NHL Winter Classic To Be Played In Dallas In 2020

NHL Winter Classic To Be Played In Dallas In 2020

On Jan. 1, 2020, the Nashville Predators will travel to Dallas, Texas to take on the Stars in what will be the southernmost outdoor NHL game in history.

The origins of hockey are highly debated. Some contest that the game was devised in Windsor, Nova Scotia by students at the King’s College while others speculate the game comes from the area around Dartmouth and Halifax, where it was first played as early as 1773. Although the precise location of the first hockey game may not be known, one thing is for certain, the game was born outside.

In 2003, the National Hockey League paid homage to the birth of the sport with the Heritage Classic, a regular season game played outdoors between the Edmonton Oilers and Montreal Canadiens at Commonwealth Stadium, a multipurpose venue in Edmonton, Alberta. At the time, the game set an attendance record for an NHL contest, with over 57,000 spectators coming to watch.

Story continues below advertisement

Since 2003, the NHL has played dozens of outdoor games at venues across North America, from Wrigley Field to Fenway Park to Yankee Stadium, and even at the Big House, where a crowd of over 104,000 people watched the Red Wings play the Maple Leafs, setting the current record for largest ever attendance at a hockey game.

This year, the NHL’s outdoor game, the Winter Classic, will be played a little bit farther south of the Big House, down past Wrigley Field, Fenway Park and Yankee Stadium. This year, it will be played in Texas.

On Jan. 1, 2020, the puck will drop at Cotton Bowl Stadium, marking the southernmost outdoor NHL game to ever be played. The Dallas Stars are slated to face the Nashville Predators, and the host city couldn’t be more excited.

“I can’t think of a better way to celebrate the great history of New Year’s Day at Cotton Bowl Stadium than by welcoming thousands of fans to witness the first ever outdoor professional hockey game in Texas,” said Dallas Mayor Mike Rawlings via WFAA8.

The Stars and Predators will meet once before their New Year’s Day game on Dec. 14, which will mark the two teams’ first contest since they faced each other in the first round of playoffs earlier in 2019. During that series, the Stars, who entered the post-season as a wild card team, were able to beat the Predators, the first-place team in the Central division, in six games. The series ended in dramatic fashion, with Stars’ forward John Klingberg scoring just over 17 minutes into overtime to send Dallas into the second round. This year, the Stars and Predators are locked in a tight battle within the Central Division. As of now, the teams are separated by only five points.

Building a hockey rink inside a football stadium is no easy task, and building a hockey rink inside a football stadium in Texas is even more complicated. Construction of the rink is set to begin on Dec. 17, when workers will lay down the initial foundation for the ice, which once finished will measure almost two inches thick. Between Dec. 17 and Jan. 1, the stadium will be transformed to prepare for the 70,000 or so fans that will file in to watch the game. The entire process will be streamed and visible to fans via NHL.com.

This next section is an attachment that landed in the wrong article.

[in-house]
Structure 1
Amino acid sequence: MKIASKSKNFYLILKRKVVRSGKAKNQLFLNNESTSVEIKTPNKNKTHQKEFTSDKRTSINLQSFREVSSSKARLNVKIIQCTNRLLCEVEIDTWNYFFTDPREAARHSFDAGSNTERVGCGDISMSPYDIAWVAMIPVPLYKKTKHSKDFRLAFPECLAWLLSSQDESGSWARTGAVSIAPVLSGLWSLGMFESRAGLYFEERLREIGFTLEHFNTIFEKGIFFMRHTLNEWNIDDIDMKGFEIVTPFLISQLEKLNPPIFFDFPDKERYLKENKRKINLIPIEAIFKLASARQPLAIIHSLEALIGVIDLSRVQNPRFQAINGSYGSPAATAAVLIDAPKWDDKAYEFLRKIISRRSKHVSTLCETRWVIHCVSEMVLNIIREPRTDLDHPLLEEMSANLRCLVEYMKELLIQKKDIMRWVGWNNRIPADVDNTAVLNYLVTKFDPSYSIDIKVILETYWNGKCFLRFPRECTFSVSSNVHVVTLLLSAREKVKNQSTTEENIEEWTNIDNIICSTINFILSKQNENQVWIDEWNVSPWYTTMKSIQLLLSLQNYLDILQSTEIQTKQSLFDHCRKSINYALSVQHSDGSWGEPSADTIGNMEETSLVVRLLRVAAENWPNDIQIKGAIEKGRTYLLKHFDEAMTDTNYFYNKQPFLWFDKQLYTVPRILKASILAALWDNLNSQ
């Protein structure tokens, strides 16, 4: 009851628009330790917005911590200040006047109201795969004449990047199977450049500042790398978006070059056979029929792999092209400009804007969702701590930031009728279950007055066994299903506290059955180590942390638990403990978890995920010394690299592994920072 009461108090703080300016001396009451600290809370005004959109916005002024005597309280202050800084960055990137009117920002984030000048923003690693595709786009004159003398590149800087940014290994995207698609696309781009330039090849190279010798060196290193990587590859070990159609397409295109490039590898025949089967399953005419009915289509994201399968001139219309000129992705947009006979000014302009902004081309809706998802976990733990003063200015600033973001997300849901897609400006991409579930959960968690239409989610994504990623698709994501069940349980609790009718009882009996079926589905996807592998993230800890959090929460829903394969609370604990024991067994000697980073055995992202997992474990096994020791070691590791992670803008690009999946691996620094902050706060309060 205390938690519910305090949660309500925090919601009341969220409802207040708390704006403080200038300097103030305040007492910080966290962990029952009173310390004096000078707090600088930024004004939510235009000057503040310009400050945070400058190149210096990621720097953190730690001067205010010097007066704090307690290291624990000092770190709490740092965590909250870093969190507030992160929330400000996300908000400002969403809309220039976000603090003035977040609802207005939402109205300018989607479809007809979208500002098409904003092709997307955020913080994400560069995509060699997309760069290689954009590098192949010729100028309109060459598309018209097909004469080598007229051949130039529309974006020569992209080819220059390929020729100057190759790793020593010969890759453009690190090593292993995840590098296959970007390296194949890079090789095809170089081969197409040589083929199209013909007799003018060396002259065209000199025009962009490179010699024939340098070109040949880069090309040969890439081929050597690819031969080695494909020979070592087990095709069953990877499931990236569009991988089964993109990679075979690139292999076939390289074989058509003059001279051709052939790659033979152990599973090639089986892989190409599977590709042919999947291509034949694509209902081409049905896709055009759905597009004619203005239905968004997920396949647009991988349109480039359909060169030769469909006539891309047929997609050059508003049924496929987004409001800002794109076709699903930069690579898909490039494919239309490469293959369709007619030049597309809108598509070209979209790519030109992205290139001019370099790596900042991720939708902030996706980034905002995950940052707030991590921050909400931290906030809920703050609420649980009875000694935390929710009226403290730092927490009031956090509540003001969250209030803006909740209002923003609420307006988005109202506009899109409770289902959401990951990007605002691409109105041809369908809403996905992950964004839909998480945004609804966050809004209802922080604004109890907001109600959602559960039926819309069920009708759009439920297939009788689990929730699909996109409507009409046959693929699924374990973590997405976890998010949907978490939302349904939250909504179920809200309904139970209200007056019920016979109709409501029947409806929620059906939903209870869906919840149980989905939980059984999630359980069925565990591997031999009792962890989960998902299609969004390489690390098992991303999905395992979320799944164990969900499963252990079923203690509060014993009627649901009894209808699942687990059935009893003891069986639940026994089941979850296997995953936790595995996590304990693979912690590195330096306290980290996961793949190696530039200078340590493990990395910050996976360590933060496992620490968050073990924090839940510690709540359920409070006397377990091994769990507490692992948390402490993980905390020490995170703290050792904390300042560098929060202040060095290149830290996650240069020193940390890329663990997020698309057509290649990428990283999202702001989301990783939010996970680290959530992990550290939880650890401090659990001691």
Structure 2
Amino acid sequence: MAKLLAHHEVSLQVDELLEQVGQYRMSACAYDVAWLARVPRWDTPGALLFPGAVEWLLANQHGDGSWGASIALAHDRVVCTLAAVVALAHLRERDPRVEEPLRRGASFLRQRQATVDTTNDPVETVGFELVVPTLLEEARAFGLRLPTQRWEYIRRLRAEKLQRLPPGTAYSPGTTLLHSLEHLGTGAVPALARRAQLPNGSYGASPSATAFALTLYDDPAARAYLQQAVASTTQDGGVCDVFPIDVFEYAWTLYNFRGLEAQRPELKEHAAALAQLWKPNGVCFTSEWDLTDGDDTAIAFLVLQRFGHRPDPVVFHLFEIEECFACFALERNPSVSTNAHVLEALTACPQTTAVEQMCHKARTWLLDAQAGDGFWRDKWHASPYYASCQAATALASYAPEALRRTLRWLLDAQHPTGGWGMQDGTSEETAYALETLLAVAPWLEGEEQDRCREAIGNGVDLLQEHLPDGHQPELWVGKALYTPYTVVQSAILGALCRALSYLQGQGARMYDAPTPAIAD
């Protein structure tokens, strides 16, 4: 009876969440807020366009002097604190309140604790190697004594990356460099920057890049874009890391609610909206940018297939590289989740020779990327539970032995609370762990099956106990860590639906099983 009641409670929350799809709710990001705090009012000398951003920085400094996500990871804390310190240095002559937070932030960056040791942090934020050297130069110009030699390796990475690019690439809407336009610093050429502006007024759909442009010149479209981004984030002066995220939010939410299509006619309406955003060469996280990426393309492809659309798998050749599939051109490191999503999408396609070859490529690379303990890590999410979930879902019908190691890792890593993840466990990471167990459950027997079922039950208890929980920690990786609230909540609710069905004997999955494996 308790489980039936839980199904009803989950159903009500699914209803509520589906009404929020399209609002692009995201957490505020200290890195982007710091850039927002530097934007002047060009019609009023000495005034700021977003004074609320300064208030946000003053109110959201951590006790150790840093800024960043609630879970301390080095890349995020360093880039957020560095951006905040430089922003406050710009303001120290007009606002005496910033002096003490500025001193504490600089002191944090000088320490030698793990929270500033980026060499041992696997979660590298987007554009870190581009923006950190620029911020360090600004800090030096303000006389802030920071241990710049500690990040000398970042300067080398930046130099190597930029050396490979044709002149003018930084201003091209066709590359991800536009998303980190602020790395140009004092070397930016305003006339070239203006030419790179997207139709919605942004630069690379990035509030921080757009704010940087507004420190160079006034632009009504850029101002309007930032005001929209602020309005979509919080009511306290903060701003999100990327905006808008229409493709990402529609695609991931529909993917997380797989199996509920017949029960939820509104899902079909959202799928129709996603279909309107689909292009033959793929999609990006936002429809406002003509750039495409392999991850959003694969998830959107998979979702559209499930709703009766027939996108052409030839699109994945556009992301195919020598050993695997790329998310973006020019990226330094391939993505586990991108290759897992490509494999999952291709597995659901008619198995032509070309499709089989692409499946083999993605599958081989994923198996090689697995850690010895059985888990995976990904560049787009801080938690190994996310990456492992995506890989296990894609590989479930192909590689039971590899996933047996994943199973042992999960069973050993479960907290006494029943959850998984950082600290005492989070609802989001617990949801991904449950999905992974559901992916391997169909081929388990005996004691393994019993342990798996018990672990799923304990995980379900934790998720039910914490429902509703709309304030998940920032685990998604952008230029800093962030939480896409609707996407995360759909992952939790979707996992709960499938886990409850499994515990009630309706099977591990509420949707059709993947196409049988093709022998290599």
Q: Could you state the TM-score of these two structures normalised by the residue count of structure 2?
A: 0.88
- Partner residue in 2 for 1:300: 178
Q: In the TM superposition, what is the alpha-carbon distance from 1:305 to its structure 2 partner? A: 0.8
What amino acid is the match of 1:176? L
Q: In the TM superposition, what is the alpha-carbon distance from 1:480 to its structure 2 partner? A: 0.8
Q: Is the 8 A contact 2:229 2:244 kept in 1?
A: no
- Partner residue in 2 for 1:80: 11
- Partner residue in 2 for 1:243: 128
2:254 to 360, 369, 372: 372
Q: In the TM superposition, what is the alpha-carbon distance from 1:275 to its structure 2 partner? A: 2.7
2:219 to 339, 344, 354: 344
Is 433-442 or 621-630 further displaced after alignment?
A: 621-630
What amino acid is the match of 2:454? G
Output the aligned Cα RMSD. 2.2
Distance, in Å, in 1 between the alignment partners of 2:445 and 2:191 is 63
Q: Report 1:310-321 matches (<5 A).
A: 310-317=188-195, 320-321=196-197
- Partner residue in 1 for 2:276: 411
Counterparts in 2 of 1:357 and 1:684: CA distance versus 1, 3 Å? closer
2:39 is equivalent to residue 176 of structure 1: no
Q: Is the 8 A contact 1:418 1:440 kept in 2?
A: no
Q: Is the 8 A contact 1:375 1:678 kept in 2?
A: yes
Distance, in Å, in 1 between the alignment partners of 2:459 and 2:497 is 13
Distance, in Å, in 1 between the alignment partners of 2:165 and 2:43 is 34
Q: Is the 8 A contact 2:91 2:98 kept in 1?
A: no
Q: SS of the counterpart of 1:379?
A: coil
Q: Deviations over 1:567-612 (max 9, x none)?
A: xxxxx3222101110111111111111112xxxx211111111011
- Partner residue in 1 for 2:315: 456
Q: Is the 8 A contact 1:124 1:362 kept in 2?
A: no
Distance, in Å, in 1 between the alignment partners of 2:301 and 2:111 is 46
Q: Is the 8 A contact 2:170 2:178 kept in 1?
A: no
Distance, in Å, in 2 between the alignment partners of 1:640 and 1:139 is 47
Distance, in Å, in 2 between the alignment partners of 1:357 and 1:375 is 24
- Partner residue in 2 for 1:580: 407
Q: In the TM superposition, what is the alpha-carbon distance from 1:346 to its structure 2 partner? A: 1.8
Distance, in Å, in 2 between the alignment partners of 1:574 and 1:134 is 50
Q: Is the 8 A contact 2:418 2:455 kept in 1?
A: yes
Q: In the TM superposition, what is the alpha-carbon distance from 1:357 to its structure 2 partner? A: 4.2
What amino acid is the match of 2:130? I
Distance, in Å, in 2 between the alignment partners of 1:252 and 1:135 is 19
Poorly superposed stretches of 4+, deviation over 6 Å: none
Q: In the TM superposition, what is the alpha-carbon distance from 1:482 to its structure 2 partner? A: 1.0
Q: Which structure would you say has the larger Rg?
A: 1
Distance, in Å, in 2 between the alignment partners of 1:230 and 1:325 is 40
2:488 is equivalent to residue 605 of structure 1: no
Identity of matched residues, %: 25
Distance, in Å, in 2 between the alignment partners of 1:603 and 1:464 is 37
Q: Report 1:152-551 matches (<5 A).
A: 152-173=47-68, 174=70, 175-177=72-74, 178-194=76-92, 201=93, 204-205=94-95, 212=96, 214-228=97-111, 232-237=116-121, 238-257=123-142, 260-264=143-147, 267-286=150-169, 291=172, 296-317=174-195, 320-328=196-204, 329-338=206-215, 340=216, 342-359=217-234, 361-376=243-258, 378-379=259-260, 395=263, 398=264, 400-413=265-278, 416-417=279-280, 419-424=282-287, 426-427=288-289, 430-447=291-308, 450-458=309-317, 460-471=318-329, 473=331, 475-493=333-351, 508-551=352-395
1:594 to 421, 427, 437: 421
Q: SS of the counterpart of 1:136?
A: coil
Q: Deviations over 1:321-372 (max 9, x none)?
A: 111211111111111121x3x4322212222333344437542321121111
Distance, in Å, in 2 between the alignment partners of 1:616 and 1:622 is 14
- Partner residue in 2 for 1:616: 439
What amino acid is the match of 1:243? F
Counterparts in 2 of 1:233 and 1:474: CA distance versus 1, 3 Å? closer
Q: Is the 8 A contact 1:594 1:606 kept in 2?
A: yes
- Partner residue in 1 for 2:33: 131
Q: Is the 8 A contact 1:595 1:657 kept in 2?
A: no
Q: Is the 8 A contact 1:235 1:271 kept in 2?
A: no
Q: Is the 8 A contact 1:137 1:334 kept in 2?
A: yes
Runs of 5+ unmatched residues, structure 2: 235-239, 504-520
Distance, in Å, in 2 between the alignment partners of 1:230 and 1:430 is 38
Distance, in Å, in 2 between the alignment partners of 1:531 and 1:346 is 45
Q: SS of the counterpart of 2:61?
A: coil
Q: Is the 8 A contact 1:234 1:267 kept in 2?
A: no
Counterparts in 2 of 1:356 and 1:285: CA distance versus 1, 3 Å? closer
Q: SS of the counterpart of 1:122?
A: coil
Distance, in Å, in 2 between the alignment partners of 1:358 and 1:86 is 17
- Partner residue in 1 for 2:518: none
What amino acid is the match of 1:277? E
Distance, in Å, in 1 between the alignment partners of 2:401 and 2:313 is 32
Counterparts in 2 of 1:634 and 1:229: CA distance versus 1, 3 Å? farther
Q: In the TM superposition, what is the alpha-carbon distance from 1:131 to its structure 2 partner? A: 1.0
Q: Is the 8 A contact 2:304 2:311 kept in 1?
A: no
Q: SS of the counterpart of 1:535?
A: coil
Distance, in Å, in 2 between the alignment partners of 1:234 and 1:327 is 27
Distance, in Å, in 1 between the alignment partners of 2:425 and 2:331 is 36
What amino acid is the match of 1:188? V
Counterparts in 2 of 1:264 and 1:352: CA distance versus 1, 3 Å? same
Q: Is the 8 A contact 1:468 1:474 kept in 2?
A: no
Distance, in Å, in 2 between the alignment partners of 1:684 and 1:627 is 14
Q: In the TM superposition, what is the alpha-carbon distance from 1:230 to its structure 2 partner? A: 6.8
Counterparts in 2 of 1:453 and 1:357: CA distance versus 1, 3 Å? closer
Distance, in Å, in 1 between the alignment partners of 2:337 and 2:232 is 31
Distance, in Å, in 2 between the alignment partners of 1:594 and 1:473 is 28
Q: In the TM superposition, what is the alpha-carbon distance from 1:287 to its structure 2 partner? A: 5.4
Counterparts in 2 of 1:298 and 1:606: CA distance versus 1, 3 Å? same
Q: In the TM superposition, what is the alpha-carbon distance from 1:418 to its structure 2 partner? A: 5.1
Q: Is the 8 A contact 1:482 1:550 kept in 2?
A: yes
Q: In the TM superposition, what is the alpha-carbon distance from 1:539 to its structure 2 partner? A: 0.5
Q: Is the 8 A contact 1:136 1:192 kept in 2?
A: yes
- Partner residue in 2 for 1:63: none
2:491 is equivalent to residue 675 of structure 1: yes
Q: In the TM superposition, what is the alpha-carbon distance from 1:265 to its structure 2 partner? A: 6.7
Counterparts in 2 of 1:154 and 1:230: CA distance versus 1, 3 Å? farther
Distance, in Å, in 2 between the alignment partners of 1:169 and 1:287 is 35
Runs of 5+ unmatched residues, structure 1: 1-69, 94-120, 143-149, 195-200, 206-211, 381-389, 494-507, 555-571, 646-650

“You are not going to believe what this iconic stadium is going to look like,” said as reported by Nicholas Cotsonika for NHL.com.

Fans across the country who can’t make it to Texas can tune in to the game at 1 p.m. on NBC.

But perhaps those most excited for the game are those that will be playing in it.

“[I] wasn’t sure if I’d ever get the opportunity… but now this is a dream come true, and I’m really excited,” said Stars forward Tyler Seguin also reported by Nicholas Cotsonika for NHL.com.

Seguin’s excitement is definitely warranted; everything is bigger in Texas, and this year’s Winter Classic will unquestionably follow suit.

View Comments (1)
More to Discover

Comments (1)

All Old Gold & Black Picks Reader Picks Sort: Newest

Your email address will not be published. Required fields are marked *

  • E

    Earl ZukermanDec 5, 2019 at 3:29 pm

    Very disappointed to see the continued use of “fake news” and mythology about the origins of hockey. The debate is centered around how one defines hockey. If you are talking about a structured game with organized teams, goaltenders, written rules and referees to enforce them, then there is no doubt that the game began in Montreal, with the first indoor contest on March 3, 1875.

    If, however, you are talking about “stick-and-ball” games (eg shinny, shinty, bandy, field-hockey-on-ice, etc), with no organized structure, no formal teams, no rules, no goaltenders, etc., then evidence of the first such events like that that. appear to have taken place thousands of years ago on the European continent. The various forms of the game eventually made their way across the Atlantic, initially with the Franklin expedition to the arctic (now known as the Northwest Territories) around 1827, then primarily with British soldiers stationed in Kingston, Ont., in the 1840s and in Nova Scotia towns like Halifax, Dartmouth and Windsor during the 1860s , but it wasn’t until the game was formally organized in the mid-1870s by James G.A. Creighton, a Halifax native living in Montreal, that it actually took root and flourished exponentially.

    A more accurate statement would have been:

    The origins of hockey are highly debated and based on various definitions of the game. Early stick-and-ball events were played centuries ago in Britain and other European countries, which eventually made their way to the Northwest Territories in the 1820s, then Kingston, Ont., in the 1840s, followed by various towns in Nova Scotia in the 1860s.

    Others point to the organized form of the game that began in Montreal in 1875, which implemented rules and structure that led to the game spreading across the continent.